ELMER YANCEY FAMILY
Source: King County - Windmills & Barbed Wire. By the King County [Texas] Historical Society.
There is a large farm on the north side of the Pitchfork Ranch where several families make their homes. It appears to be a small village when one approaches the clusters of houses, barns, graineries and at the present time tall grain elevators.
The Elmer Yancey family moved to this Pitchfork farm in 1923 from Ada, Oklahoma. Mr. Yancey had a friend, Mr. Homer Williams, who had moved to King County earlier, and perhaps through this friend's encouragement decided to move here. Mr. Yancey drove his car to King County and located work and made arrangements for his family to join him here. Mrs. Yancey and the five children came on the train to Estelline, Texas where their father met them. The trip from Ada, Oklahoma took two or three days with stops along the way at the many small towns.
Ettie May Yancey, who is now Mrs. Vastine Goodwin, remembers especially the train ride and a stop in El Reno, Oklahoma. As it was a place where several passengers got off and others were boarding the train, the stop was longer than usual. Ettie Mae decided to take advantage of this break for a chance to another car of the train, for an adventure. When the train started her mother missed her and asked the conductor to stop the train, thinking Ettie Mae had been left in E1 Reno. A search was begun for the missing girl and when she was found about three cars away from where her family had been riding, she was having a good time visiting with some new friends she had made.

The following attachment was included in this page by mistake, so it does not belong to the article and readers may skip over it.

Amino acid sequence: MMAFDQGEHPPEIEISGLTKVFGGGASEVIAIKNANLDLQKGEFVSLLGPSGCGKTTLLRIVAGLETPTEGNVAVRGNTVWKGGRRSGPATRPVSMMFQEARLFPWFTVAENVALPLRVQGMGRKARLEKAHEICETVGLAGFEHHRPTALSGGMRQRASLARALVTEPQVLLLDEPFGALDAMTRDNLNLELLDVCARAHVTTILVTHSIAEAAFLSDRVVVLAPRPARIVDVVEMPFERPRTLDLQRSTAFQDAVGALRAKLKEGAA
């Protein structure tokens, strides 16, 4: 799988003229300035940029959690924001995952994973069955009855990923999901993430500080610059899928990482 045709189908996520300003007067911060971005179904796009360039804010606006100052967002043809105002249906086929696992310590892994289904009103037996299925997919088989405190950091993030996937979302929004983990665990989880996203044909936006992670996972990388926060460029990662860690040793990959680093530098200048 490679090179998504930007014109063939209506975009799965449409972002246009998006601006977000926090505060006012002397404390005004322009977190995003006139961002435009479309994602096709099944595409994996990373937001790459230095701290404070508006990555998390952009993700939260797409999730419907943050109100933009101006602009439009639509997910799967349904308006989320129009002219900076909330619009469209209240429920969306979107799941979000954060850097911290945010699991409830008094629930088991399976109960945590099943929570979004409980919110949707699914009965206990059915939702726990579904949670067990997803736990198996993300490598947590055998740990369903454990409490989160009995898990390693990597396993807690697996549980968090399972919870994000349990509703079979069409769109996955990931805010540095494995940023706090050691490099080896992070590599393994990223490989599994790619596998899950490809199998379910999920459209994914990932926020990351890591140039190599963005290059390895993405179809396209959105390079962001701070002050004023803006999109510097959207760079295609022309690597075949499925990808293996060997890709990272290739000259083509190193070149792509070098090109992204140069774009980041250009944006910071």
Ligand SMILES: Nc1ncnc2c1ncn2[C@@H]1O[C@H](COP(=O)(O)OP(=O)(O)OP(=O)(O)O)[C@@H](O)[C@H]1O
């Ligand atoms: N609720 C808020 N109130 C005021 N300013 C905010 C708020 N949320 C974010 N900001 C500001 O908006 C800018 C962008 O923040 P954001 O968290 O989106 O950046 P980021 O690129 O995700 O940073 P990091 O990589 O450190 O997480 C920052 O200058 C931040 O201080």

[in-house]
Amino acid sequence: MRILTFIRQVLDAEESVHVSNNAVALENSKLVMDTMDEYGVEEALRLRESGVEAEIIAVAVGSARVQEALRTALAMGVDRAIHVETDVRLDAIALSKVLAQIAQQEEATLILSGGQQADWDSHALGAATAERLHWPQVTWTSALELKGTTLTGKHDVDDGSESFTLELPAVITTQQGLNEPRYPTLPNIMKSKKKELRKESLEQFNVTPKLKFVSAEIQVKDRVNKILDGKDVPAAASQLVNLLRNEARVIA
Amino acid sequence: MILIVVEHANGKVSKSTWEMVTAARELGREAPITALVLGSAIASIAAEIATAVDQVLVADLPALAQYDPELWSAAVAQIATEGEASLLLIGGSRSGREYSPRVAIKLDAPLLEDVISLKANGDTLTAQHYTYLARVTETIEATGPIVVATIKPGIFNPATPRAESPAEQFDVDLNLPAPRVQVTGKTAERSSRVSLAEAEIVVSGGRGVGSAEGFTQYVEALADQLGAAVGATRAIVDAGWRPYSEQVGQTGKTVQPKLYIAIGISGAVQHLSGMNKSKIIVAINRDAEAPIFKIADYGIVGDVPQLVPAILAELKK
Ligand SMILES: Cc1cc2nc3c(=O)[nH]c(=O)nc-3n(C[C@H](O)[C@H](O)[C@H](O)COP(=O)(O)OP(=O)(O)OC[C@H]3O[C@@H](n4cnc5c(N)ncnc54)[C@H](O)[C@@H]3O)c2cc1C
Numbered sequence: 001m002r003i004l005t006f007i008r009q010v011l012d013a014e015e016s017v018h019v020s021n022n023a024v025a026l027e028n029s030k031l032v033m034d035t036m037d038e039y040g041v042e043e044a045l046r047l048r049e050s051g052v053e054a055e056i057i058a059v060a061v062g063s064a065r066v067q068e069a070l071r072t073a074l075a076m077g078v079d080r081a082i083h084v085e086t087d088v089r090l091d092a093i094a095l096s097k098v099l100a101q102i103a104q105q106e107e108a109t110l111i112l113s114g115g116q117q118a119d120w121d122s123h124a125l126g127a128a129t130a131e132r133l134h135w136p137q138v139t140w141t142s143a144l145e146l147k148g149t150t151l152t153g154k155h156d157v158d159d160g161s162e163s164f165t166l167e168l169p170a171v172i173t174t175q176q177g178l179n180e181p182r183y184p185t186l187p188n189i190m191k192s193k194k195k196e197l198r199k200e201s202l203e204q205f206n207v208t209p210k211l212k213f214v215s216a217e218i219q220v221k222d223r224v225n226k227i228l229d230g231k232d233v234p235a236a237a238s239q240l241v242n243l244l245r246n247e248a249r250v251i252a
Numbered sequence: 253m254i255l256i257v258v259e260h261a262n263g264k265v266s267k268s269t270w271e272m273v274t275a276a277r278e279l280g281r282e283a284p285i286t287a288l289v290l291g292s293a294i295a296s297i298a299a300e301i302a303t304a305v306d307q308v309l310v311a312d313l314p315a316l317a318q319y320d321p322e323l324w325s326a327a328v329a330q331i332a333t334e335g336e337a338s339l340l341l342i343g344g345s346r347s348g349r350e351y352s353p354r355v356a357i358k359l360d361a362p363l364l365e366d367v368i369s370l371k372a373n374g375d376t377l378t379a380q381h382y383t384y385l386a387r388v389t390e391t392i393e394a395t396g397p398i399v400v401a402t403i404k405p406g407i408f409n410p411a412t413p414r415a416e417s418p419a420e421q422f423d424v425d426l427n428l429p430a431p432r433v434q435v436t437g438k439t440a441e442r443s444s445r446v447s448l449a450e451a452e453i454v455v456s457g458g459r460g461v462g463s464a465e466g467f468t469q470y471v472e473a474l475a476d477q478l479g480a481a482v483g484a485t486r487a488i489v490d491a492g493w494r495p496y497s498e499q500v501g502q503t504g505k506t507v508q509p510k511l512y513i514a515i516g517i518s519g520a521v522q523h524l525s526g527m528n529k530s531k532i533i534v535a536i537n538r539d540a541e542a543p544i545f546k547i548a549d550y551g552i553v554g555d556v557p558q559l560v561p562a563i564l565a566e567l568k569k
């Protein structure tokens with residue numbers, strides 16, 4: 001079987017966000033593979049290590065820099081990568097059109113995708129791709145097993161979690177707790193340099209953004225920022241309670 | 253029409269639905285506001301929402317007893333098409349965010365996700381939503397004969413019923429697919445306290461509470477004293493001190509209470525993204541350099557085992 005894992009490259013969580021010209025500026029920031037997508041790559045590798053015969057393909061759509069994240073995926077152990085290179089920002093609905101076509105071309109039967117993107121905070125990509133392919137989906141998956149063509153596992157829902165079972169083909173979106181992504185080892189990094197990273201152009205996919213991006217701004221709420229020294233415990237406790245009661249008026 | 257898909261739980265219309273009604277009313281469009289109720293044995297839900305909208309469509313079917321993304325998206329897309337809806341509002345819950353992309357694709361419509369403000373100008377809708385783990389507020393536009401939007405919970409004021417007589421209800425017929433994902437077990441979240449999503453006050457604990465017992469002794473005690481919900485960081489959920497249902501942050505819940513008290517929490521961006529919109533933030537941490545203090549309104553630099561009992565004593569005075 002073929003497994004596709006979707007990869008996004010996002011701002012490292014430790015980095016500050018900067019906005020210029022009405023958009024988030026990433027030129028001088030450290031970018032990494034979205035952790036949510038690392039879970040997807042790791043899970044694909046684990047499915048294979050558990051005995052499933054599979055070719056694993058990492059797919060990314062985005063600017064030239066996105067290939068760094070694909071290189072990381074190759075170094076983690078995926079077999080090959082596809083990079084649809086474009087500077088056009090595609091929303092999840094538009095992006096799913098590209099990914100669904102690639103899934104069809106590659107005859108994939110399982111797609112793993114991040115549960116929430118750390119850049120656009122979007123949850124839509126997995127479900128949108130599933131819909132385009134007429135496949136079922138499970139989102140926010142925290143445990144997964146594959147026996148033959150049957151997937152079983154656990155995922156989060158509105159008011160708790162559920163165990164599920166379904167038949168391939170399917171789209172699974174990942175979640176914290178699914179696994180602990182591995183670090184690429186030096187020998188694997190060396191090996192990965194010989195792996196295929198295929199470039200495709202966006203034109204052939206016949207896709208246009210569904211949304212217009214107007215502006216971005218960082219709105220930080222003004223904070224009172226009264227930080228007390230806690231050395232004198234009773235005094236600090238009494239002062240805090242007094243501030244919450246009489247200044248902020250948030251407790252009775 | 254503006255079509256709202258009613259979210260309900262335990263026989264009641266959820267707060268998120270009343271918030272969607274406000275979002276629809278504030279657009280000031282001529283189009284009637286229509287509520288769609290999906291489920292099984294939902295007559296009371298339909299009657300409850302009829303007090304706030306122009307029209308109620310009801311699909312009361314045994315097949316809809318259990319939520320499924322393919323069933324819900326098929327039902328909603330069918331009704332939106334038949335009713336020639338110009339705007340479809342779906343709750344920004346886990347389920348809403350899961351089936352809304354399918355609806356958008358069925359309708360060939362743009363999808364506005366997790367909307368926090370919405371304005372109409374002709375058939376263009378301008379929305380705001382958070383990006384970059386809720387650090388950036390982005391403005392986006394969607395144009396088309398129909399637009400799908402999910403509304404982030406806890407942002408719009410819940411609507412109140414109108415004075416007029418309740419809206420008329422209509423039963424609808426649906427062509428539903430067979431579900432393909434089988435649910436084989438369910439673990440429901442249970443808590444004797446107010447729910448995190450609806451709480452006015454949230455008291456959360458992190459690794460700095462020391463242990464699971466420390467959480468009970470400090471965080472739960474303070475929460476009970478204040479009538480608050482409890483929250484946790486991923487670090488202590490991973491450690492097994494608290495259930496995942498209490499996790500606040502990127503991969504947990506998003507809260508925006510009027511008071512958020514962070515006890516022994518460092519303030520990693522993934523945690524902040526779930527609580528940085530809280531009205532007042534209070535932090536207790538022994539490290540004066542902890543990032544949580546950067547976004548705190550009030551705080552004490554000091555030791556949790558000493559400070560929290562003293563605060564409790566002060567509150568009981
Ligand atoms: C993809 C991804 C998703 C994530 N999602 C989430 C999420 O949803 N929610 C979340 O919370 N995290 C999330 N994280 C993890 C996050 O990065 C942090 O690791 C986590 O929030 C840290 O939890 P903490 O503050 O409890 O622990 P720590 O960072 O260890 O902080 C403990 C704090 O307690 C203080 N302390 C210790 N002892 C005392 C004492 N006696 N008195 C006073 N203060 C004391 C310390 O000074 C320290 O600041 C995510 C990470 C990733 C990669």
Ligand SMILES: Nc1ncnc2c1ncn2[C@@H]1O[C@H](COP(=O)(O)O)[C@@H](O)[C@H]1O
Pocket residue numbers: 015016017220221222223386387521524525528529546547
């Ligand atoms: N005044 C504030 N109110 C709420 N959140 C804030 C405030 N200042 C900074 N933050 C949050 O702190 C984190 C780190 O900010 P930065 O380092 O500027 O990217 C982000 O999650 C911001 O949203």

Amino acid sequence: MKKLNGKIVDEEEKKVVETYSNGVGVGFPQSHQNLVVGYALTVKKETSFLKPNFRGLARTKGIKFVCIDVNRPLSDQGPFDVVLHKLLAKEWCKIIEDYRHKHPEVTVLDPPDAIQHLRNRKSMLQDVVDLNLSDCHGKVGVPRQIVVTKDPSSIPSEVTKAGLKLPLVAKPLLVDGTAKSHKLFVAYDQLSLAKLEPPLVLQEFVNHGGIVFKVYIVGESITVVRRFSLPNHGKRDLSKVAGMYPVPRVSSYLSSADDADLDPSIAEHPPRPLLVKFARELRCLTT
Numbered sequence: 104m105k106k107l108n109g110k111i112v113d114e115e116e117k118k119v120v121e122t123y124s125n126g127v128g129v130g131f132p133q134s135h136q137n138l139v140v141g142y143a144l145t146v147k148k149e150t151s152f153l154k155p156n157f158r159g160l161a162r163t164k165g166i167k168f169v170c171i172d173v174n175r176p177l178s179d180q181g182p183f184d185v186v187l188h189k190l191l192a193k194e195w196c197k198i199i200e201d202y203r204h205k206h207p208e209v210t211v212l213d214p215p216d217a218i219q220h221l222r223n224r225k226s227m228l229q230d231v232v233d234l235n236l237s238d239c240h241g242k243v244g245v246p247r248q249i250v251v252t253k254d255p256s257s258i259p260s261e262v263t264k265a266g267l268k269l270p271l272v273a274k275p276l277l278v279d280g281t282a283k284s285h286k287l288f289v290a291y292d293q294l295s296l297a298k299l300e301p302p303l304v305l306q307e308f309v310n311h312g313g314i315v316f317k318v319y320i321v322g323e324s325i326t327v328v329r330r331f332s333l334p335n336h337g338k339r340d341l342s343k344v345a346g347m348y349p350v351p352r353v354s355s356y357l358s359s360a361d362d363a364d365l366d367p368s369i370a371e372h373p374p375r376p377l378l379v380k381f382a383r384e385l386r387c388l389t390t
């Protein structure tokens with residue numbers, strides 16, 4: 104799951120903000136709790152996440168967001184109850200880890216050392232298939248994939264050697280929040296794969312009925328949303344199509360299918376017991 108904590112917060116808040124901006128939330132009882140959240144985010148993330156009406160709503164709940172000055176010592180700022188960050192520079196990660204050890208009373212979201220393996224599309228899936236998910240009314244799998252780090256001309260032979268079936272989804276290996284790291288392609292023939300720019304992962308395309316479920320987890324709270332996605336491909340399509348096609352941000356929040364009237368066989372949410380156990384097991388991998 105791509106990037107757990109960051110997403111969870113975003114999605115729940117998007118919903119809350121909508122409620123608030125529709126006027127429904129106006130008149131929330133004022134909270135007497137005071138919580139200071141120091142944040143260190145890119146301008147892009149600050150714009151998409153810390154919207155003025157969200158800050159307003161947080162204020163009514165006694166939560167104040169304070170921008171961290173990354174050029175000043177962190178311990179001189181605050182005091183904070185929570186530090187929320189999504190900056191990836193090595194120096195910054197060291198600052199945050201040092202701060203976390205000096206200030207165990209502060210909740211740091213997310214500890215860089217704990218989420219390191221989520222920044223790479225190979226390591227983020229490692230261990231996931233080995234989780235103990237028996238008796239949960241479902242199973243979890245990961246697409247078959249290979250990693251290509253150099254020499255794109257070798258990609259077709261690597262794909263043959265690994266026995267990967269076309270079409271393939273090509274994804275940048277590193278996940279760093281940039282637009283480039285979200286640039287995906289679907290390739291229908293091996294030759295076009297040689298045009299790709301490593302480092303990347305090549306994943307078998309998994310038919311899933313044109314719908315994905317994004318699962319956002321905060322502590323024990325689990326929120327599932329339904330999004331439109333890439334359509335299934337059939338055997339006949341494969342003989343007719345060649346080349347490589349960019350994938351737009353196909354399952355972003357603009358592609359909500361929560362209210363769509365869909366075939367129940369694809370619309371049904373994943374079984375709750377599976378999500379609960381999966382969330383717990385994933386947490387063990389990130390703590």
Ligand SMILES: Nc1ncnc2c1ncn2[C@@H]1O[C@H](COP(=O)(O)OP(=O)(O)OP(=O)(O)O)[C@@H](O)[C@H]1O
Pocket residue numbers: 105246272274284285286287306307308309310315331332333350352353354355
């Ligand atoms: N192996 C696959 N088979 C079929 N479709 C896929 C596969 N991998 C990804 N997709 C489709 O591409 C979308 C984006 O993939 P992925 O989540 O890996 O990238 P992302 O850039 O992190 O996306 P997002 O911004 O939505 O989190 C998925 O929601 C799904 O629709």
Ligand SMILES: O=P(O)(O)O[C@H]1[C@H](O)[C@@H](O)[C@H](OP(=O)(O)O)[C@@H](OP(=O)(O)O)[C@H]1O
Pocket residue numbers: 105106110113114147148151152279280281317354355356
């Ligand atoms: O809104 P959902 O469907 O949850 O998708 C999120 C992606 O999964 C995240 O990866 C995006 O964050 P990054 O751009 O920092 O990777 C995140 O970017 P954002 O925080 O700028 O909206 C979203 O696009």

The family soon settled in their new home and the children enrolled in the Gardner School. People often called this school "Gardner Flat."
In 1924 Miss Erna Mae Overstreet, the teacher at Gardner, boarded at the Yancey home. She always wore pretty clothes which the pupils admired. When an opportunity presented itself for Ettie Mae to try on a pair of the teacher's silk hose, she decided to wear them just once. She was shocked when she took them off and found them in shreds. Silk hose were fragile in those days and had none of the wearing qualities of the modern day nylons. She hated to let the teacher know of her ruining. the hose so much, she decided not to mention it. After she disposed of them, she never "borrowed" any more silk hose from Miss Overstreet.
Another memory concerning the teacher was how cold her feet would be when she came in from a date at night in the winter time. Since Ettie Mae shared the bedroom and slept with her, very often the nice warm spot went to the teacher, because one touch of the icy cold feet made Ettie Mae move quickly out of her warm place.
The Yancey children walked to school at Gardner - perhaps a mile and a half. A new building in 1929 at this school replaced the old one. More families had moved in so two teachers were employed. Mr. and Mrs. Ben Overstreet were the teachers in 1929.
Some of the other families living near the school or attending school there were the Flipping, Breitlings and Morris.
The Yancey family moved to Finney in 1932 and lived on Starr land where cotton was the main crop. In 1935, they moved to Roswell, New Mexico to make their home.
This family had seven children. The four girls are Ettie Mae (Mrs. Vastine Goodwin), Faye, Pauline and Louise. The three boys are Orvil W., Harvey Lee and Elmer Jr., all deceased.